Weight Loss/Maintenance after Menopause.

After age 55, I eliminated more carbohydrates from my nutrition plan. By keeping carbs very low, I am able to keep my weight stable, and my motivation high. I have enormous amounts of energy, I am free of aches, pains, injury, and weakness. If I get down or depressed, I revitalize my faith, spend more time in nature, get more sun and use my light box, and make sure I am nurturing my relationships.

By acting, singing, dancing, drawing, gardening, raising chickens, making music, and volunteering I am able to get happiness from the things I do, instead of blocking sadness with the things I consume.

My complete diet can be found here: Three Day Sugar Detox.

I hope that you will discover the foods that nourish and satisfy you, and the activities that make you happy.

Catherine Gordon

How To Feel Good Again

Good Food and Training Can Help You Enjoy The Simple Things Once More.

When I was a little girl, I rarely wanted to stop playing in order to eat. I would rather play outside in the sandbox or on the swings. On rainy days I didn’t want to leave my dolls or drawing in order to have lunch or dinner. Most of the time, eating was just something I did before learning, living, and playing.

I was a healthy and energetic child, but I do remember having terrible eczema in the Winter, and frequent stomach aches. At some point in my early childhood, my Mother’s doctor had convinced her to stop serving the family so many eggs, and replace them with cold cereal and a children’s vitamin.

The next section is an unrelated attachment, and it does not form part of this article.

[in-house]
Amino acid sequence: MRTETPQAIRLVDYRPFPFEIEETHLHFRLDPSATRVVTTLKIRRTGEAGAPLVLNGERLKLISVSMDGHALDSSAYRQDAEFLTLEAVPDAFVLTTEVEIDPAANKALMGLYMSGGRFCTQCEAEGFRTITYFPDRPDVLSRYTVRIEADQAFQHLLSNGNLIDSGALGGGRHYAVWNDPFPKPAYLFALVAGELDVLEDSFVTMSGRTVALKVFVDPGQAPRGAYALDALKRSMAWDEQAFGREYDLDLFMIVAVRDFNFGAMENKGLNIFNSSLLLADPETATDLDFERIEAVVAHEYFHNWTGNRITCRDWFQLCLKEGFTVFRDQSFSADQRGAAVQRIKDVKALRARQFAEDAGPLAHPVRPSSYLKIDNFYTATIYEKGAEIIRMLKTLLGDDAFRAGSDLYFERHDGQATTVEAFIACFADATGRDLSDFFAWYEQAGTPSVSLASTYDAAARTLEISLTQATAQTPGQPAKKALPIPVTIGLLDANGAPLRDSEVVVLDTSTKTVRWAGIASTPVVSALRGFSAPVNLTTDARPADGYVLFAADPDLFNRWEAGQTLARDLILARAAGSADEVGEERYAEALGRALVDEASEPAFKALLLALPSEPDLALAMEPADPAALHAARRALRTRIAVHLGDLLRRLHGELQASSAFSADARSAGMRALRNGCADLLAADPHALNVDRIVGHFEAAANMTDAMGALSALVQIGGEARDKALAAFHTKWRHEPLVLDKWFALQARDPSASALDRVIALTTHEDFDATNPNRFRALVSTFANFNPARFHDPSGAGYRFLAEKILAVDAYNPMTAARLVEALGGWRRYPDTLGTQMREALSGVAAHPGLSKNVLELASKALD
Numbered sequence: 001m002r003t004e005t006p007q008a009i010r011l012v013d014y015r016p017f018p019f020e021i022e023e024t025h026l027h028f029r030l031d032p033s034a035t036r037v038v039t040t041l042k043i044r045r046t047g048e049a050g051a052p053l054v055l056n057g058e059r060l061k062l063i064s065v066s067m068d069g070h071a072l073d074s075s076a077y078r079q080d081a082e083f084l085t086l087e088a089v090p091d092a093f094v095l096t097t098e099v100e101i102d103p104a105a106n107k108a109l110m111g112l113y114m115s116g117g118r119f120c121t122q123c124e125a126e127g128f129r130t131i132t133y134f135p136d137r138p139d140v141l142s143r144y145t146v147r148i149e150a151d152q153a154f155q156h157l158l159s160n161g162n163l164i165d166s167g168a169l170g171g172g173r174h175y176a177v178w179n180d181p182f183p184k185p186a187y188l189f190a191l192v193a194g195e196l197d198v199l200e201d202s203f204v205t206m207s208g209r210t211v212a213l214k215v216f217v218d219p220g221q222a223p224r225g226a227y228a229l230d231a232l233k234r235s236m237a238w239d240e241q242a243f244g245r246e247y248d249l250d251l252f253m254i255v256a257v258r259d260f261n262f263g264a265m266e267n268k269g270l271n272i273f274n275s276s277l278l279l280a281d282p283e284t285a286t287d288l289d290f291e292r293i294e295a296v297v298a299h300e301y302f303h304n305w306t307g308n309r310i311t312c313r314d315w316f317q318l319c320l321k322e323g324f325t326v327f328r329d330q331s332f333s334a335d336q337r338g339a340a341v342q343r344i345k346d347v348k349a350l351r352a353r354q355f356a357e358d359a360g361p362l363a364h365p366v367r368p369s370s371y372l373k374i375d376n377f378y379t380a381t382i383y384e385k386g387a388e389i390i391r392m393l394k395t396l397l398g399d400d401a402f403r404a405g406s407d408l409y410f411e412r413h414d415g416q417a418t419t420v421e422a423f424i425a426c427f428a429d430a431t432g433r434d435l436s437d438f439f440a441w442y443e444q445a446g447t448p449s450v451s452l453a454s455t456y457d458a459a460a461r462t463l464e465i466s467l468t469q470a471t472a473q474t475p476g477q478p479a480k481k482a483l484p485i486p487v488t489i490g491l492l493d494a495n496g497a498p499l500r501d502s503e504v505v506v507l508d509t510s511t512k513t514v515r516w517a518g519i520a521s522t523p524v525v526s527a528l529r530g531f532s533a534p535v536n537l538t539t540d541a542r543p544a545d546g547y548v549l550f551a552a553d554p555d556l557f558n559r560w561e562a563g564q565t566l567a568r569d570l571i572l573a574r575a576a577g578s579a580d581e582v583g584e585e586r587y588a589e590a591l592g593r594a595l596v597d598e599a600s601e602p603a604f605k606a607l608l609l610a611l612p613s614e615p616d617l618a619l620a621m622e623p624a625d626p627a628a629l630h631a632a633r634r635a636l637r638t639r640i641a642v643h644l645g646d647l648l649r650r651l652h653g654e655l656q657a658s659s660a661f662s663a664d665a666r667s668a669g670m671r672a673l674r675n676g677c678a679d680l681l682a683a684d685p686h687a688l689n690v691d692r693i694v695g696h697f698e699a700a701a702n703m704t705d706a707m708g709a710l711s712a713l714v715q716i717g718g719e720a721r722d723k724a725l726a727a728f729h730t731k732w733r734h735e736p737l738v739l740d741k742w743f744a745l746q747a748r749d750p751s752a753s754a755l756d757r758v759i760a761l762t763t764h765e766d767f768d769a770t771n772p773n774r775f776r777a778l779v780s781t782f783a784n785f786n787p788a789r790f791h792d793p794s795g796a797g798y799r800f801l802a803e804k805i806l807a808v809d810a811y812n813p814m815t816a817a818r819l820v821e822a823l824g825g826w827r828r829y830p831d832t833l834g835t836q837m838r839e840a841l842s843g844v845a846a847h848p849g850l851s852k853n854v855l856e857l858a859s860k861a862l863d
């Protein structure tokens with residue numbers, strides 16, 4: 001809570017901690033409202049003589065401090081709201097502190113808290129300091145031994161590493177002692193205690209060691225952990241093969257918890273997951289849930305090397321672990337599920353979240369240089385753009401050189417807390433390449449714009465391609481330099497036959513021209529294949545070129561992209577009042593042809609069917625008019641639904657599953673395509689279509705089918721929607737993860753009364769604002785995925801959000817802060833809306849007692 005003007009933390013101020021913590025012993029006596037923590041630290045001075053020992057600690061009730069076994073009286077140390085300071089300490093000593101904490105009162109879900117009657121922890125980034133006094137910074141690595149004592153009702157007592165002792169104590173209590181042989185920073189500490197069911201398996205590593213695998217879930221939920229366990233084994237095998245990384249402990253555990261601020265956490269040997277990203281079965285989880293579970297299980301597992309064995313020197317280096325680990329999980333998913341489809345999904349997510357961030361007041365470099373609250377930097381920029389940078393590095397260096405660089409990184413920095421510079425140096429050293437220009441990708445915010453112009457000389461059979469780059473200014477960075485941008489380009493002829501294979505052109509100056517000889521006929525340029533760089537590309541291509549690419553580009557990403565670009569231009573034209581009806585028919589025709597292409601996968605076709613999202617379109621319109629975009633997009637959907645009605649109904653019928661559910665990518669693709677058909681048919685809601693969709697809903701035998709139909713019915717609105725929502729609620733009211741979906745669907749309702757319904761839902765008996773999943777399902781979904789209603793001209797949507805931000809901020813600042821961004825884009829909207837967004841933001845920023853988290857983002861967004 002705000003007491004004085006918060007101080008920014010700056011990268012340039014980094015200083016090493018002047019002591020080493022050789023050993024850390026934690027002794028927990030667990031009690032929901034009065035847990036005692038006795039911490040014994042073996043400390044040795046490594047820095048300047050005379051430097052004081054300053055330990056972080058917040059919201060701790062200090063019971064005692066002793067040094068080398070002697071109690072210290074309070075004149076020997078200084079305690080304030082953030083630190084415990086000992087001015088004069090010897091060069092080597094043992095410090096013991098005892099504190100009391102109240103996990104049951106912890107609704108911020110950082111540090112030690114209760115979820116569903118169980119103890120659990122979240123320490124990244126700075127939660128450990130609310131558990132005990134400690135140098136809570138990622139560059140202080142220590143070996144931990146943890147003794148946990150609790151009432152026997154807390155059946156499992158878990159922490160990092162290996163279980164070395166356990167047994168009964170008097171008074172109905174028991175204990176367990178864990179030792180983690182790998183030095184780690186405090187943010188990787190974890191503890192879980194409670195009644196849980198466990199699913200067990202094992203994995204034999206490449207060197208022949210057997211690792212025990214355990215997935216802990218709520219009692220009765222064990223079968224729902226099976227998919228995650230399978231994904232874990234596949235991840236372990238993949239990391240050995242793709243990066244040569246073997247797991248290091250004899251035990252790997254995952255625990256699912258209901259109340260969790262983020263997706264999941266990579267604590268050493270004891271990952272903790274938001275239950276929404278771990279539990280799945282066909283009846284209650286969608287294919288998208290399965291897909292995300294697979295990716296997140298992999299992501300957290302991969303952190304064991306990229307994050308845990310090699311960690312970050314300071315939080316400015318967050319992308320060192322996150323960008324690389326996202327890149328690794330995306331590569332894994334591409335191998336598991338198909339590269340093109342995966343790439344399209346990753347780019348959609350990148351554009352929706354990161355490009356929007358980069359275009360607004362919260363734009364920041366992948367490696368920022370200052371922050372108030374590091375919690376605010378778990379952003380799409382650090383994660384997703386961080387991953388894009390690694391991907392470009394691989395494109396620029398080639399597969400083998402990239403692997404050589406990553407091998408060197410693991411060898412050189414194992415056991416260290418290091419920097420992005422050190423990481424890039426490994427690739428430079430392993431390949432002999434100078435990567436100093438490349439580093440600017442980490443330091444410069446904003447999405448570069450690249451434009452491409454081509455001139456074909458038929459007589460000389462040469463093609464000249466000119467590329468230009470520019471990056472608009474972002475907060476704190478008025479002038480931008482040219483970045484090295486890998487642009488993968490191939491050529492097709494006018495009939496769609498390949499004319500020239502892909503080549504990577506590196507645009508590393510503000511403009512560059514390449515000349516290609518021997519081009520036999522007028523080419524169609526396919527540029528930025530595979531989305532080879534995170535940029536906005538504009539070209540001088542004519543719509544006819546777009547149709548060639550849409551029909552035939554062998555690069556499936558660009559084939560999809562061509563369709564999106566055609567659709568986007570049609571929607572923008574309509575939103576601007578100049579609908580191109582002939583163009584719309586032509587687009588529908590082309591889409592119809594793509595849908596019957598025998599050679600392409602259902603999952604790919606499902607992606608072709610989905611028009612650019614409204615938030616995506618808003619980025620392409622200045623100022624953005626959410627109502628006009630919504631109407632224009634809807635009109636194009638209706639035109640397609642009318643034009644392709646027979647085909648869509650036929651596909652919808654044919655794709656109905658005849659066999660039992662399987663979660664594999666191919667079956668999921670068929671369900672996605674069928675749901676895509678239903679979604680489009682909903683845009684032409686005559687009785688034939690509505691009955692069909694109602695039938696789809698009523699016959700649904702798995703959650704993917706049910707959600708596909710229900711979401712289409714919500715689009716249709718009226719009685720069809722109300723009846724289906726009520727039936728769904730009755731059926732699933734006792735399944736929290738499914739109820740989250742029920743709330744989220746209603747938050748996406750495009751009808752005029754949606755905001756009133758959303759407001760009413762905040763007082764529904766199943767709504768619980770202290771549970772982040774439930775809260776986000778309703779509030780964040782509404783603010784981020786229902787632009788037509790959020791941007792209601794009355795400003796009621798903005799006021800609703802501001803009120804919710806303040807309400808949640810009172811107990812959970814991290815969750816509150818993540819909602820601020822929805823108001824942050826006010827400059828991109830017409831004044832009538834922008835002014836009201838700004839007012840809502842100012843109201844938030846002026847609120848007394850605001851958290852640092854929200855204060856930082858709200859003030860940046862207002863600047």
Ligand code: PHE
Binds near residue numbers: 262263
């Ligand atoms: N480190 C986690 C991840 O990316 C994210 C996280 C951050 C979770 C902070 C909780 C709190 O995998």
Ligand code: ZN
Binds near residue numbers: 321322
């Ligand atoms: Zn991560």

I remember how hard it was to get full and satisfied on the new breakfast cereals like Quisp, Trix, and Capn’ Crunch. I used to want two or three bowls, and the Capn’ Crunch would scrape up the roof of my mouth, but I’d keep eating it.

By the time I was eight years old, I was getting more than chubby. In later years I started to have early dental issues, and I was regularly overeating. I just couldn’t seem to get satisfied the way other people could.

About a year ago, I came across an article from the late 1990’s that offered a possible explanation for what was driving my overeating. That article introduced me to Reward Deficiency Syndrome, its causes, and consequences.

This recent article has an excellent description of Reward Deficiency Syndrome:

https://www.frontiersin.org/articles/10.3389/fpsyg.2014.00919/full